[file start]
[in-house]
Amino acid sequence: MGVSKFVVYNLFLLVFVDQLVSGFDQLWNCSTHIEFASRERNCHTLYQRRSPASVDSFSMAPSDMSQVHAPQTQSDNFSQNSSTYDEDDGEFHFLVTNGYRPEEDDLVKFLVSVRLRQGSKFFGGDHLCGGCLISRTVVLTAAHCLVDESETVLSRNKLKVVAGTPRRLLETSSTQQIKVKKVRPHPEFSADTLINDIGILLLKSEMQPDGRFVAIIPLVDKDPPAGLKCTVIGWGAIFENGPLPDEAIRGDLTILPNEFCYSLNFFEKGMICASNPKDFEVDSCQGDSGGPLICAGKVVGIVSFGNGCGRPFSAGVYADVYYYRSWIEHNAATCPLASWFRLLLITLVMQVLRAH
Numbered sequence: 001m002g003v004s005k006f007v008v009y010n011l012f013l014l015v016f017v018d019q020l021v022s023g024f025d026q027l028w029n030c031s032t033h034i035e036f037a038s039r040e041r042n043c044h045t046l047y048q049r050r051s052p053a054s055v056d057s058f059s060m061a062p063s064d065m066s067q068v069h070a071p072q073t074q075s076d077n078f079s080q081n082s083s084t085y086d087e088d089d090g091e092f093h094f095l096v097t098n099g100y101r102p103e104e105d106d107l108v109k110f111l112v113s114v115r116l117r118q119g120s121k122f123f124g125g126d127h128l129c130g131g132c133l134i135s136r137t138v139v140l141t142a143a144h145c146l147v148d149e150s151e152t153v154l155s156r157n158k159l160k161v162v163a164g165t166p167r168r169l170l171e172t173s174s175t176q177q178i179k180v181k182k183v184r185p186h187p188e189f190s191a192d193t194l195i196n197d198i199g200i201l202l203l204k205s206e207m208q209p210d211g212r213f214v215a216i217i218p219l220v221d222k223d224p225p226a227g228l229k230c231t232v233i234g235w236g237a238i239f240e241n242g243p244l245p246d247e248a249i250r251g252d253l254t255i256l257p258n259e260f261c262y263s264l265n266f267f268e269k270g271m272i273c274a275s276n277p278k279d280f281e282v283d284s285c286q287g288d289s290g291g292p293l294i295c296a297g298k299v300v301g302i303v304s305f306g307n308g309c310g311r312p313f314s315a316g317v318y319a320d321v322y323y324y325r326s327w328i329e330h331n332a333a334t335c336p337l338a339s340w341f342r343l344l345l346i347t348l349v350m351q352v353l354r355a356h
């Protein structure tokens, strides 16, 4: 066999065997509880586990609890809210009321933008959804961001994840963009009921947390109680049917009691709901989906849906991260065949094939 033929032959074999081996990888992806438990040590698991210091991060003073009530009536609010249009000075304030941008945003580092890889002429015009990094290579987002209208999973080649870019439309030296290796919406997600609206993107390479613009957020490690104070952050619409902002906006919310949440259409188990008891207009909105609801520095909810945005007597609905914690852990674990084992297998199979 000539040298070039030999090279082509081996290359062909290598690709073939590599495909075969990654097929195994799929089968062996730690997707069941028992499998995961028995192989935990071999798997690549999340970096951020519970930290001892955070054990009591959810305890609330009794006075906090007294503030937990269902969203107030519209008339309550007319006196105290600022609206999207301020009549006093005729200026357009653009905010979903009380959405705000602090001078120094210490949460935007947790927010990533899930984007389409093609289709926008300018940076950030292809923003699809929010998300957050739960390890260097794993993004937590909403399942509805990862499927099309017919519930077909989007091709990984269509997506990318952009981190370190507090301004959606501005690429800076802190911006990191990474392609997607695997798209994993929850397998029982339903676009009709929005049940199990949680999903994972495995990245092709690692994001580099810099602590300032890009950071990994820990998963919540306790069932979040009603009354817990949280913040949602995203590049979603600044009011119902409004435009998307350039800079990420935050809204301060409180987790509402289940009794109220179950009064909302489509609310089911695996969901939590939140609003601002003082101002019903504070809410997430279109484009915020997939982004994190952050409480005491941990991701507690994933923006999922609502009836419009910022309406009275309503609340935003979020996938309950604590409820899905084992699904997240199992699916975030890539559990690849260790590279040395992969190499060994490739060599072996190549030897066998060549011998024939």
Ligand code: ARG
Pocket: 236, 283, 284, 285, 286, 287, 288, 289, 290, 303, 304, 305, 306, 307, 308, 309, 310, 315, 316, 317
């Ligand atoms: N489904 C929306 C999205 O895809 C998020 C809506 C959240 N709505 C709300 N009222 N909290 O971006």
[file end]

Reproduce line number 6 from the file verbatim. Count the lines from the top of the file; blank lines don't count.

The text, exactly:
Pocket: 236, 283, 284, 285, 286, 287, 288, 289, 290, 303, 304, 305, 306, 307, 308, 309, 310, 315, 316, 317